WeTheCurious includes plenty of interactive opportunities to experiment and play with science in a way that is practical and hands on. My course mates and I spent our time laughing and playing with light installations and holograms. This led to a discussion with a member of our party about how we might implement a similar installation within a pop-up event or exhibition space of our own. WeTheCurious was a fantastic place to get thinking about how we might want to construct something as part of an exhibition or branded immersive experience within a real-life creative curator and executioners’ role.

Felix Holloway interacts with light installations at WeTheCurious.

1.15: The group reconvened for our second workshop on psychology. This session was longer running and still intended for a younger audience. However, understanding the basics of brain function and psychological responses is essential when considering workplace etiquette, consumer identities, and how your branding can influence and persuade on a subconscious level. The session looked at the senses, which I found was applicable to understanding and altering audience responses in several creative fields. We also covered memory and got to thinking how this could be implemented into branding. Using basic psychology is a fantastic way of coming up with new branding styles and images that are memorable and everlasting in the mind of the consumer.

Workshop two at WeTheCurious covered psychology: the senses and memory.

The workshop explored the senses through tasting drinks and considering psychological cues that might give the allusion that we were drinking something different to what we were. The session covered memory by having a set-up interruption in the form of an argument happen mid-session. We then tried to recall the details of the induvial who disrupted the session as a psychological test. The workshop used us as guinea-pigs in our exploration of the science of the human brain. This approach to teaching was immersive and engaging as well as theatrical and astonishing. The way this session was ran was also a lesson in engaging one’s audience and capturing interest. These techniques are essential in developing successful creative products, content, and strategies.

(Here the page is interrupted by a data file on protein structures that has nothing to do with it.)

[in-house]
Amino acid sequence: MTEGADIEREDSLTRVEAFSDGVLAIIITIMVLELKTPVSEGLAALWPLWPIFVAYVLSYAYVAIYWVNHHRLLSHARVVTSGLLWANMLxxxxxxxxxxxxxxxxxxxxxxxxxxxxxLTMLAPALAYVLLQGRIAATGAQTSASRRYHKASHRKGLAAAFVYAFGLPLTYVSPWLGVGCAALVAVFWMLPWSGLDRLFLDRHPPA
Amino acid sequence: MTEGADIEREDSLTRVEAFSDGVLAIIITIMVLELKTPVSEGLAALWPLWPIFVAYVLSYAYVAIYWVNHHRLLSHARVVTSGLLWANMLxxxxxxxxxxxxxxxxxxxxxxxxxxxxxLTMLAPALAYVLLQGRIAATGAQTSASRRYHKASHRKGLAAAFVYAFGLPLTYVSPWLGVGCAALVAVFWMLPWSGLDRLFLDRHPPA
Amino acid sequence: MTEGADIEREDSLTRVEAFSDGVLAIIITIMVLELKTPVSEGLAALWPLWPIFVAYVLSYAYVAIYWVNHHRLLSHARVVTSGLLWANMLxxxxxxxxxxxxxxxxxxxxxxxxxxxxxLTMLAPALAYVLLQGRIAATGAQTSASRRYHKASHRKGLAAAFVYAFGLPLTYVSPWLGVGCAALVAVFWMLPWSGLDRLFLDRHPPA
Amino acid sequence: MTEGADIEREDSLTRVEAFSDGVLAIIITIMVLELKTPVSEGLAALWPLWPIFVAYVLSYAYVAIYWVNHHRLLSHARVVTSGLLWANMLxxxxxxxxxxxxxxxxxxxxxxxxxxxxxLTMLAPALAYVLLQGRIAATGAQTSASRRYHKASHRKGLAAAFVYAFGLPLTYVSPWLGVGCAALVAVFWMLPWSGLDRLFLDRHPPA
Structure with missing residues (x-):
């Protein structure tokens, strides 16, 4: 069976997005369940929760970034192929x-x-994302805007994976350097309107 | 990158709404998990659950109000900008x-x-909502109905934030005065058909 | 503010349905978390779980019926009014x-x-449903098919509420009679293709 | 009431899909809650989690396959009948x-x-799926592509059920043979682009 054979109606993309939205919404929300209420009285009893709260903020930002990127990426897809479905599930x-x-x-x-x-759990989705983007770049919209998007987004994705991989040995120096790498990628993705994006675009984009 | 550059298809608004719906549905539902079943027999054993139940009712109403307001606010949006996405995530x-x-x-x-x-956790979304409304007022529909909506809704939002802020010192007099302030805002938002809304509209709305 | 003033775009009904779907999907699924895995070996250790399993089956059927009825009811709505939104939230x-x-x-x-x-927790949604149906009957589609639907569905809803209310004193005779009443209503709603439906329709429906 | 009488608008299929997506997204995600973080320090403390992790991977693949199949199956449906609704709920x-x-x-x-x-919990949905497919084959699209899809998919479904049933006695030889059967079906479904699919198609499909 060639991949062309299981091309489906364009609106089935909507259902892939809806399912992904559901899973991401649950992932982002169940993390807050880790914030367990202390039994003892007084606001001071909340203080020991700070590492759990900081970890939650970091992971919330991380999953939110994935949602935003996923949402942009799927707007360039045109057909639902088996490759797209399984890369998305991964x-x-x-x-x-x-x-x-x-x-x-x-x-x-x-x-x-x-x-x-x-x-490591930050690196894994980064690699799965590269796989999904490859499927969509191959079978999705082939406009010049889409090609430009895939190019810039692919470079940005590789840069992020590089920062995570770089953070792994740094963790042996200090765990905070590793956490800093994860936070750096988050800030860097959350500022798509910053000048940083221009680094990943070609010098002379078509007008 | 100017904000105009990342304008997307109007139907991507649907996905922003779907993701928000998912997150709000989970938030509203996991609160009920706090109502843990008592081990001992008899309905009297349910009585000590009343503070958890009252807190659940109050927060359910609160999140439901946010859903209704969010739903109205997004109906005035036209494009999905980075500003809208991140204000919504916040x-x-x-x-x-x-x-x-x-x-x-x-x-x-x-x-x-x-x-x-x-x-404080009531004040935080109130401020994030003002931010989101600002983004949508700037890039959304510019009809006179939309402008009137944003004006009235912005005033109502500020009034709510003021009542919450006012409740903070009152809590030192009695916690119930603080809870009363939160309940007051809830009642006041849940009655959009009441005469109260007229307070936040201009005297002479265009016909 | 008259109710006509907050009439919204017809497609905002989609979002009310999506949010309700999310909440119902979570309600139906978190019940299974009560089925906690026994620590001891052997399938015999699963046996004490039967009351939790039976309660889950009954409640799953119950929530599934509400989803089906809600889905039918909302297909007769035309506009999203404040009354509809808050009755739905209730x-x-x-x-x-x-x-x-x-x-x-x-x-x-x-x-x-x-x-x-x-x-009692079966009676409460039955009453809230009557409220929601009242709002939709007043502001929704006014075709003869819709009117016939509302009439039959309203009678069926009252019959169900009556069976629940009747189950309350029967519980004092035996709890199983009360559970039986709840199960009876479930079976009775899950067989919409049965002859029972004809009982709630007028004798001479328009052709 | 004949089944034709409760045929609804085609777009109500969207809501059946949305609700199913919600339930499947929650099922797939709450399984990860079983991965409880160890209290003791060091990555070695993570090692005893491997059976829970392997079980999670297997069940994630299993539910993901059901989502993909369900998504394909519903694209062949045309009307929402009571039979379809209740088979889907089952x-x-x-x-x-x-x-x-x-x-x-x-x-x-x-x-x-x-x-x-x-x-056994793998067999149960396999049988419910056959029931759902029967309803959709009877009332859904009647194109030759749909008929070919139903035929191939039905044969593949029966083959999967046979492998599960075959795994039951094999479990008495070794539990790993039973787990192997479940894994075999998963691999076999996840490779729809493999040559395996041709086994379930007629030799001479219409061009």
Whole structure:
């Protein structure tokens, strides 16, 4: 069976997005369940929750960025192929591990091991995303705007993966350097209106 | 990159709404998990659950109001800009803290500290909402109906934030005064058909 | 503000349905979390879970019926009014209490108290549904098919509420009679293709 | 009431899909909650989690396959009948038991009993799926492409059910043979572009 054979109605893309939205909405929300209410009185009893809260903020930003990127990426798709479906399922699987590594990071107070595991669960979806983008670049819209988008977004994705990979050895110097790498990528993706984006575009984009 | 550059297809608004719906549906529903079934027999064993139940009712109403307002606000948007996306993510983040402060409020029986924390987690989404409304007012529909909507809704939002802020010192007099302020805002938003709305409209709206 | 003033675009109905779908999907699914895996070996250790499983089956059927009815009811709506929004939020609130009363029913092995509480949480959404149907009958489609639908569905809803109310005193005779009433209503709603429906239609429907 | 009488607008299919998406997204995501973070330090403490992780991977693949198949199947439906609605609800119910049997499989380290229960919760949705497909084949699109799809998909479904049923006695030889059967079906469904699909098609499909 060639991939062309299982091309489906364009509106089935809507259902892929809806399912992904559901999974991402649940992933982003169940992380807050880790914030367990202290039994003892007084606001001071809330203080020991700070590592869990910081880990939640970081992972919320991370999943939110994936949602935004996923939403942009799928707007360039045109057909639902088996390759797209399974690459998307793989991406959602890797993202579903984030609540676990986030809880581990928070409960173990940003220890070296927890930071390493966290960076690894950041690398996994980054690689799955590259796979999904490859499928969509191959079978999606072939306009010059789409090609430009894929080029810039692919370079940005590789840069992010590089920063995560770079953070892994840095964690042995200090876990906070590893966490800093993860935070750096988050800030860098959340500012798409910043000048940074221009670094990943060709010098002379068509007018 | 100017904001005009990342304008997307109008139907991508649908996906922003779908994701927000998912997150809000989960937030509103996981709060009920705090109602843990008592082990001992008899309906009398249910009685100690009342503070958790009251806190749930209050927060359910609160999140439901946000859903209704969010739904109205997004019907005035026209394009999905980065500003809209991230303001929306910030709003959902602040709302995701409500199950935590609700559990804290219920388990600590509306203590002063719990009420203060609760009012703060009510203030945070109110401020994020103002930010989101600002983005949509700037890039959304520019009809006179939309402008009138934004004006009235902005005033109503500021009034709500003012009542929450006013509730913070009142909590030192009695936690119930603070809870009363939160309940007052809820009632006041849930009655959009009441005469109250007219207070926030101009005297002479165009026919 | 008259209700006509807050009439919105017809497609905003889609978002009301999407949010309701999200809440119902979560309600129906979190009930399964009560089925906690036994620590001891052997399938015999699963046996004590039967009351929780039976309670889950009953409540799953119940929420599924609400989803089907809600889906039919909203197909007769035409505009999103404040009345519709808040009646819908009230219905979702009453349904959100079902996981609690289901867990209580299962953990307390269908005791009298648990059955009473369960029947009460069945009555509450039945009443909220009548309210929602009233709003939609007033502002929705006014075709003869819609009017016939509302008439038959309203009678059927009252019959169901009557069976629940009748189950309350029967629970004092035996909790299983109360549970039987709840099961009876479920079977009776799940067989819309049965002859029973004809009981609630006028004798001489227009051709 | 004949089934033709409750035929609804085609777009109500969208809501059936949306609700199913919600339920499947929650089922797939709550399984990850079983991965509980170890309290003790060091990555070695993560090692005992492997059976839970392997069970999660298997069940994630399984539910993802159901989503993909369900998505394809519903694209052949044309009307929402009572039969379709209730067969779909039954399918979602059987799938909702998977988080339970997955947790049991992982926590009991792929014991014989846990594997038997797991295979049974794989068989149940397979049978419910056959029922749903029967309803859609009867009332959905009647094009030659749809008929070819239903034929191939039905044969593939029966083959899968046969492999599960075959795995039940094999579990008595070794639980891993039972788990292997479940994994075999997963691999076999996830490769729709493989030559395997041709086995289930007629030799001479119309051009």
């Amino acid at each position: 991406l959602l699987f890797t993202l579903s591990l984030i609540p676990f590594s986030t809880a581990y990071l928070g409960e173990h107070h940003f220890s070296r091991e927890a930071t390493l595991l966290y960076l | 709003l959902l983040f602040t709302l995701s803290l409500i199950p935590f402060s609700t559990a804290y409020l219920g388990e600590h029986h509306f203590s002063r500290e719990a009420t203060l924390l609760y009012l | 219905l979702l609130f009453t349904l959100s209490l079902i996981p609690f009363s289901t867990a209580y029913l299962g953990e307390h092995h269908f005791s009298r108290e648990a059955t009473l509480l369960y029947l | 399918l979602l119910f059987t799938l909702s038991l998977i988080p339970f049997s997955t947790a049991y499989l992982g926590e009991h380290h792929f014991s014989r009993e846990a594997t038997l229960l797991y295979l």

2.45: The workshops were concluded for the day and we were set the task of further exploring WeTheCurious and finding something interesting or inspiring that we might take away and apply some of our course theory to. Though I hadn’t anticipated it at the time, the workshops at WeTheCurious and the objects of play that I found there have been a source of reflection and contemplation for a long time after visiting. WeTheCurious is a fun and inspirational place for all ages and embracing one’s inner child is the perfect way to take a crucial step-back from your projects and improve them.
The WeTheCurious field trip was an immersive exploration of ideation that couldn’t have been replicated in a university seminar room or office space. It is our job now to try and re-create this method of problem solving in our everyday working lives.

Chloe Lovewell explores an interactive exhibition/ feedback response piece at WeTheCurious.